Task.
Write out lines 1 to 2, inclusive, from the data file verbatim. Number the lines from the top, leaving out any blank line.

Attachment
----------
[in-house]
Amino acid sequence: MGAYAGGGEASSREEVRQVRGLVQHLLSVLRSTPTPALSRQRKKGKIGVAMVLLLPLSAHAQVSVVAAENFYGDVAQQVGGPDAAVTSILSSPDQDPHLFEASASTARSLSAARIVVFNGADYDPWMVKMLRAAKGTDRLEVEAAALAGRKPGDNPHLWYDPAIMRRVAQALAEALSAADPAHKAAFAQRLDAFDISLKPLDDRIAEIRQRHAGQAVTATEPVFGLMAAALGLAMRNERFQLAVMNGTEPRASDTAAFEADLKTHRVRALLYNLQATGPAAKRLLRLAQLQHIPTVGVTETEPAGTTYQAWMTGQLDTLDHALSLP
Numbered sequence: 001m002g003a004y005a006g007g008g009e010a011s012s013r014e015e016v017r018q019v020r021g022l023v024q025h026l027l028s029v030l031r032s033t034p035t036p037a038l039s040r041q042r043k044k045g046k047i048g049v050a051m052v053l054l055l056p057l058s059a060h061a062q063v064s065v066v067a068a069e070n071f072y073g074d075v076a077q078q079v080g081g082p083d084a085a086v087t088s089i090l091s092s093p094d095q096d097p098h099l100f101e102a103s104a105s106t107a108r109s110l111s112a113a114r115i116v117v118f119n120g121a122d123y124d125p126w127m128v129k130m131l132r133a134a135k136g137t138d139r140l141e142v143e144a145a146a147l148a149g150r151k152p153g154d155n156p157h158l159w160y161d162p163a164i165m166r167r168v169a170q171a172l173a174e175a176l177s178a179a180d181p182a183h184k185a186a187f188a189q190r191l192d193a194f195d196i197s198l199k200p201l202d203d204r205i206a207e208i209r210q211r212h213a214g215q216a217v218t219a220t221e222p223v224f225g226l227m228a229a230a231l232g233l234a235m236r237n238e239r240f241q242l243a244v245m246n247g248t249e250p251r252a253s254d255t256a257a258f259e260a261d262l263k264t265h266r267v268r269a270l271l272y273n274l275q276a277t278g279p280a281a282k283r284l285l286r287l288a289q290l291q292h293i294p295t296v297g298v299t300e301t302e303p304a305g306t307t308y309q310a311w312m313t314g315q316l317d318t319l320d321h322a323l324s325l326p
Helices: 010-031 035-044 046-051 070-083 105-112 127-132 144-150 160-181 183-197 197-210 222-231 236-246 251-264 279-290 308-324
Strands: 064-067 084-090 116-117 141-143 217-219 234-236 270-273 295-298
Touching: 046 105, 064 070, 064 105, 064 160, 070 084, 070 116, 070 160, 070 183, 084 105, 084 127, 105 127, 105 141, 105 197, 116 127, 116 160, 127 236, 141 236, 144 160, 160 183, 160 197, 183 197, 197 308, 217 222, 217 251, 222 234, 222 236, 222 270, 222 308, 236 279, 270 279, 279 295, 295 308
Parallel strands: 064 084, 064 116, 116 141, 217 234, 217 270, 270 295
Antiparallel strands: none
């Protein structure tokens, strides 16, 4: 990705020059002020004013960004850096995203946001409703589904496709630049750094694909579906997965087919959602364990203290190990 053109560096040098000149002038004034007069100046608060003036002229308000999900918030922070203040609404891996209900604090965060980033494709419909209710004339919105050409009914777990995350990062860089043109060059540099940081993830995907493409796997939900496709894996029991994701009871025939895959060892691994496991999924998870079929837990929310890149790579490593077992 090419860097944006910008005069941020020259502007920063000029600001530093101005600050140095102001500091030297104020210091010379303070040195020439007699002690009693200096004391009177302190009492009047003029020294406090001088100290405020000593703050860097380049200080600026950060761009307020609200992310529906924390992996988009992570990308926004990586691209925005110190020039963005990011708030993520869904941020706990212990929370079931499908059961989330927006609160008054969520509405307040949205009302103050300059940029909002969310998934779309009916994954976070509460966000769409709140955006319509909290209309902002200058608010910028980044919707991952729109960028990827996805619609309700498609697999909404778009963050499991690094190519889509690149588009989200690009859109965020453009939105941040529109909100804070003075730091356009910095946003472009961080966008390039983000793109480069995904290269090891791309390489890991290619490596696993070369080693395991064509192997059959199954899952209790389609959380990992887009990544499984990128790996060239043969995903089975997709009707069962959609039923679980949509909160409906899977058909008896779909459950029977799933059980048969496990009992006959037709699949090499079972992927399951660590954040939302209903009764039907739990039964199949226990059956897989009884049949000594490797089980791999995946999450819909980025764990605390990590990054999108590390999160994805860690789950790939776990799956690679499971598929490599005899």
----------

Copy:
[in-house]
Amino acid sequence: MGAYAGGGEASSREEVRQVRGLVQHLLSVLRSTPTPALSRQRKKGKIGVAMVLLLPLSAHAQVSVVAAENFYGDVAQQVGGPDAAVTSILSSPDQDPHLFEASASTARSLSAARIVVFNGADYDPWMVKMLRAAKGTDRLEVEAAALAGRKPGDNPHLWYDPAIMRRVAQALAEALSAADPAHKAAFAQRLDAFDISLKPLDDRIAEIRQRHAGQAVTATEPVFGLMAAALGLAMRNERFQLAVMNGTEPRASDTAAFEADLKTHRVRALLYNLQATGPAAKRLLRLAQLQHIPTVGVTETEPAGTTYQAWMTGQLDTLDHALSLP